The first film biography of writer and activist Alice Walker. Most famous for her seminal novel The Color Purple for which she won a Pulitzer Prize, Walker was raised in poverty in the rural South during the violent and seismic social changes of mid-20th century America. Women, poverty and civil rights became the inherent themes in her writing.
The folk music of a world-famous performer who was as interested in social change as in the history of American roots music.
Composer, conductor, genius, mensch: Marvin Hamlisch earned four Grammys, four Emmys, three Oscars, three Golden Globes, a Tony Award and a Pulitzer Prize before his untimely death, making him one of only two PEGOT winners ever. Hit after hit — “The Way We Were,” “Nobody Does It Better” and scores for The Sting, Sophie’s Choice and the Broadway juggernaut A Chorus Line — made him the go-to composer and performer for film, Broadway, every U.S. President since Reagan and concert halls worldwide.
Jimi Hendrix: Hear My Train A Comin’, directed by Bob Smeaton, traces the legendary guitarist’s remarkable journey from his hardscrabble beginnings in Seattle, through his stint as a US Army paratrooper and as an unknown sideman until his discovery and international stardom. With previously unseen footage of the 1968 Miami Pop Festival, home movies, and interviews with those closest to Hendrix.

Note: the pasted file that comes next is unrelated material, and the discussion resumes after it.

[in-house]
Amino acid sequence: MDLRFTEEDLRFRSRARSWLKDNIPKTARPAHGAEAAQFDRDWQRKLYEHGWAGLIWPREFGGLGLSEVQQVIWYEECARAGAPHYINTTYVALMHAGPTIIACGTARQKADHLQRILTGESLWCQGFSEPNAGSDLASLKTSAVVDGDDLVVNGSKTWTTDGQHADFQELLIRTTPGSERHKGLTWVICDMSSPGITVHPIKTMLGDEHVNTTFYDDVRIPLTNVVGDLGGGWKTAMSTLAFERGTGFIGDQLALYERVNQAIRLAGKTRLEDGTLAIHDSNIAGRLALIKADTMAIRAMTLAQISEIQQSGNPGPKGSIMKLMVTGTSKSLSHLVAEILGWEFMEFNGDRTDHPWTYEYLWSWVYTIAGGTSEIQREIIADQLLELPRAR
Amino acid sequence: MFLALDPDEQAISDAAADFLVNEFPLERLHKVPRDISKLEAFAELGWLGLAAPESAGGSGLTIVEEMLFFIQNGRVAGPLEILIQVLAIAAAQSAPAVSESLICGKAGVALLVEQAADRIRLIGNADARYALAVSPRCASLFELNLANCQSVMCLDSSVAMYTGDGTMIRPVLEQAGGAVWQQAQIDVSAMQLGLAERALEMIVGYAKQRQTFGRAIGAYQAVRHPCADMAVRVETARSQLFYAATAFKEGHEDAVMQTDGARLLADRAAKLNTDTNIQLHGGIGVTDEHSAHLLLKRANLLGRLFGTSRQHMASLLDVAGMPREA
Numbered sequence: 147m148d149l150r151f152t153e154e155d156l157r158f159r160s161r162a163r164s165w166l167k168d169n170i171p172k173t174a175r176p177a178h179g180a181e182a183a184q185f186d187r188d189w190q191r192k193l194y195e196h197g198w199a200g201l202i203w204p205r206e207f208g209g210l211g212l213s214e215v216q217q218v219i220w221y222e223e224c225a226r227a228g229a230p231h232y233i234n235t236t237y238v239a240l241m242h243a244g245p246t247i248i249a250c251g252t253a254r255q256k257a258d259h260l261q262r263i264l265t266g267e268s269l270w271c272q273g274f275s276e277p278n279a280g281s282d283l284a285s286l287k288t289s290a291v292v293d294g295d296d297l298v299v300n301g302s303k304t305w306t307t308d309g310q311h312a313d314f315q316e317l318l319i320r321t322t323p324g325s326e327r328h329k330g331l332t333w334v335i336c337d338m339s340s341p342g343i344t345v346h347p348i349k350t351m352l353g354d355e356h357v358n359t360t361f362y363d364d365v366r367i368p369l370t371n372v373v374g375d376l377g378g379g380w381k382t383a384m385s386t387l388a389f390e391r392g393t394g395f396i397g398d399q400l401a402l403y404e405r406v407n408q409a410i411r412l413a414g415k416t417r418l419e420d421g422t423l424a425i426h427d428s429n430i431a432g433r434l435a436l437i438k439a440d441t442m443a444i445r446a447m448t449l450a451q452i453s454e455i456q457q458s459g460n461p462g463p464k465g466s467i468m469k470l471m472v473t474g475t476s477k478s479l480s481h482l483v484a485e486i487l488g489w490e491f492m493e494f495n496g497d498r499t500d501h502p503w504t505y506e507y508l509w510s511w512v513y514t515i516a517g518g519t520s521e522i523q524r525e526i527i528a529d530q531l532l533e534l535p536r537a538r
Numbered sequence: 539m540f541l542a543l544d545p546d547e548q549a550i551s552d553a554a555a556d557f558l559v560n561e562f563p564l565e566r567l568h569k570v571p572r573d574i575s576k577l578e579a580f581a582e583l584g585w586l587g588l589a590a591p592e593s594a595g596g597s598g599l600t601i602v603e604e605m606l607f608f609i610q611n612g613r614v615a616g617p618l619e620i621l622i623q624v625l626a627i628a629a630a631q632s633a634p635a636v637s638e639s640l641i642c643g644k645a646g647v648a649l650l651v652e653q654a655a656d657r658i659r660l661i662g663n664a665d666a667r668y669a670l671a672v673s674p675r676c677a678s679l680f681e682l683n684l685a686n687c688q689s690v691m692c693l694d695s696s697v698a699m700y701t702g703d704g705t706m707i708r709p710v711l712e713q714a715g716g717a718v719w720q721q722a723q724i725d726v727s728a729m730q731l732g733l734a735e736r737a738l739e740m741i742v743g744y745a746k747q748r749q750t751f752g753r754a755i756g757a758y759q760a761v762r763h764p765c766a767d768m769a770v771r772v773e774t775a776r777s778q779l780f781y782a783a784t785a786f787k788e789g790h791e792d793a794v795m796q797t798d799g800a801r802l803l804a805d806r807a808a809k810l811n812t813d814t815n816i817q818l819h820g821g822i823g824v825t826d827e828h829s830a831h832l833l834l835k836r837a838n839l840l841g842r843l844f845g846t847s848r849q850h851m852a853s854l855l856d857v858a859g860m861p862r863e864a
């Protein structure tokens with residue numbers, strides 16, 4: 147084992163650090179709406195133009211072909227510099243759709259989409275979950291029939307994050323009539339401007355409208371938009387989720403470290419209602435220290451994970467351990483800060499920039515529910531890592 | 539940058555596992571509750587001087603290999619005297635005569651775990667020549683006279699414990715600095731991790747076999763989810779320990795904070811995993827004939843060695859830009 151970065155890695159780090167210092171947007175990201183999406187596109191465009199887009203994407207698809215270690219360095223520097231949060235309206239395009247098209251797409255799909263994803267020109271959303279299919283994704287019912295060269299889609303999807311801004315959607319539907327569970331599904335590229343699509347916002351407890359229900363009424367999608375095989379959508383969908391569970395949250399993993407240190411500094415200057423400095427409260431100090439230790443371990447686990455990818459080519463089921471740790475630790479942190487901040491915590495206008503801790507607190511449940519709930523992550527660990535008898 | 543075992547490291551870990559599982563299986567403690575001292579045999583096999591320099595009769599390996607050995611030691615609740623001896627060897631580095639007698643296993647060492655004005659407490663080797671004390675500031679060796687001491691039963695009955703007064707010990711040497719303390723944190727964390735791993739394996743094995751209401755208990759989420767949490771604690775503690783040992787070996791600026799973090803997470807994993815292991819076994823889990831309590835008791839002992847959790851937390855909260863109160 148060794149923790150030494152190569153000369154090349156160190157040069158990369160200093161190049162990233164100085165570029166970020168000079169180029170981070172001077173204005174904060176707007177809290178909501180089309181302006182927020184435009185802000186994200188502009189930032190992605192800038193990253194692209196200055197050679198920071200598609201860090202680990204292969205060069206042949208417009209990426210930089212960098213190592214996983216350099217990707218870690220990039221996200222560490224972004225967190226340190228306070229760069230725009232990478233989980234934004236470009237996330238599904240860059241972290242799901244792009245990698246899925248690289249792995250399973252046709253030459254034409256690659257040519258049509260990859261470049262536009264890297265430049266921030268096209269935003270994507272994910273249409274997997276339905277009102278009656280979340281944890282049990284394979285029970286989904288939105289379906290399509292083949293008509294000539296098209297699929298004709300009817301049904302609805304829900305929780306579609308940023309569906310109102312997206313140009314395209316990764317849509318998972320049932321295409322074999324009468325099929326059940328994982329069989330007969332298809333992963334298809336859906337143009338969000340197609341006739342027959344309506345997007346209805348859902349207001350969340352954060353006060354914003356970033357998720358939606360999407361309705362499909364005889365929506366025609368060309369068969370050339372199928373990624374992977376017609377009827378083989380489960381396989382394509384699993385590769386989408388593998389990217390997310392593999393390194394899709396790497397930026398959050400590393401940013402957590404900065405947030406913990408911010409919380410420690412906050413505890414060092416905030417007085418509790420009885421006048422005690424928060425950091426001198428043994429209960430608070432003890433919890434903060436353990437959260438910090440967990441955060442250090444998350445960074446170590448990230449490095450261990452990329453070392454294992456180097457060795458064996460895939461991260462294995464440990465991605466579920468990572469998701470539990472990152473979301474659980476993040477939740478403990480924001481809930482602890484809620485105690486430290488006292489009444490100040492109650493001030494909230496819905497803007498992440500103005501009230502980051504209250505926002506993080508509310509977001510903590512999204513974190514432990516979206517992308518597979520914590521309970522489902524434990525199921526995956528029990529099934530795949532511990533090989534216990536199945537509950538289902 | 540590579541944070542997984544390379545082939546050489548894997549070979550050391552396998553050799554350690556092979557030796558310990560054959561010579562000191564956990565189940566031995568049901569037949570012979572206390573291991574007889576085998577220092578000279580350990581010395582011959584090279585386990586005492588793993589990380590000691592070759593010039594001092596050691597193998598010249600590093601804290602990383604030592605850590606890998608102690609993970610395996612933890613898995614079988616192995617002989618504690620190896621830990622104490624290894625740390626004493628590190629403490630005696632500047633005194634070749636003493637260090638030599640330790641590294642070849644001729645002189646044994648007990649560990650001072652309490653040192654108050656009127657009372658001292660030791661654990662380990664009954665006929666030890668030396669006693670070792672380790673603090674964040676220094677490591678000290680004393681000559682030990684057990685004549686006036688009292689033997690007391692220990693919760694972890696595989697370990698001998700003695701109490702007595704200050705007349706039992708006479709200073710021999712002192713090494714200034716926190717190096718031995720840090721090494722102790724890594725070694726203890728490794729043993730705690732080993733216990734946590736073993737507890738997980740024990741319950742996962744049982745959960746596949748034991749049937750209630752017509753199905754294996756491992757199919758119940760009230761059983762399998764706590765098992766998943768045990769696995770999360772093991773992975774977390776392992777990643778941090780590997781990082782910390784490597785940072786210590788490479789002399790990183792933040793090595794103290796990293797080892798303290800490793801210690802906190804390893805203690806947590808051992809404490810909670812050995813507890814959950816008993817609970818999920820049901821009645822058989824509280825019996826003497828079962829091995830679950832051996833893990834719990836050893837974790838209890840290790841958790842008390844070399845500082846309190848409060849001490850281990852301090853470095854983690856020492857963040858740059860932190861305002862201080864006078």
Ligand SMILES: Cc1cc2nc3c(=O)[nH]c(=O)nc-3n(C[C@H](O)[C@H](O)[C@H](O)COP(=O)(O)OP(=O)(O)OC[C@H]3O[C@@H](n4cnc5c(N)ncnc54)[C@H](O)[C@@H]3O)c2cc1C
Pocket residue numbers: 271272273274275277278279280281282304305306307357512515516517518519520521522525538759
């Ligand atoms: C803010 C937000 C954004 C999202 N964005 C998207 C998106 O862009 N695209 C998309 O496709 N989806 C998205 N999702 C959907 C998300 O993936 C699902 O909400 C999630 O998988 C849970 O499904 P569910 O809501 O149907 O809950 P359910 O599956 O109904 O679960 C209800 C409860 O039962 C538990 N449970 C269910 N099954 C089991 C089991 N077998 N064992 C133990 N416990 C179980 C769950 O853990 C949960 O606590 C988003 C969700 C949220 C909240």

This film marked the first time American Masters profiled a sports figure. Billie Jean King is a tennis star and a deliberate woman who has been a major force in changing, and democratizing, the cultural landscape.
The life, works and beliefs of the late writer and civil rights activist are recounted: what it is to be born black, impoverished, gifted, and gay in a world that has yet to understand that “all men are brothers.” James Baldwin tells his own story in this emotional portrait.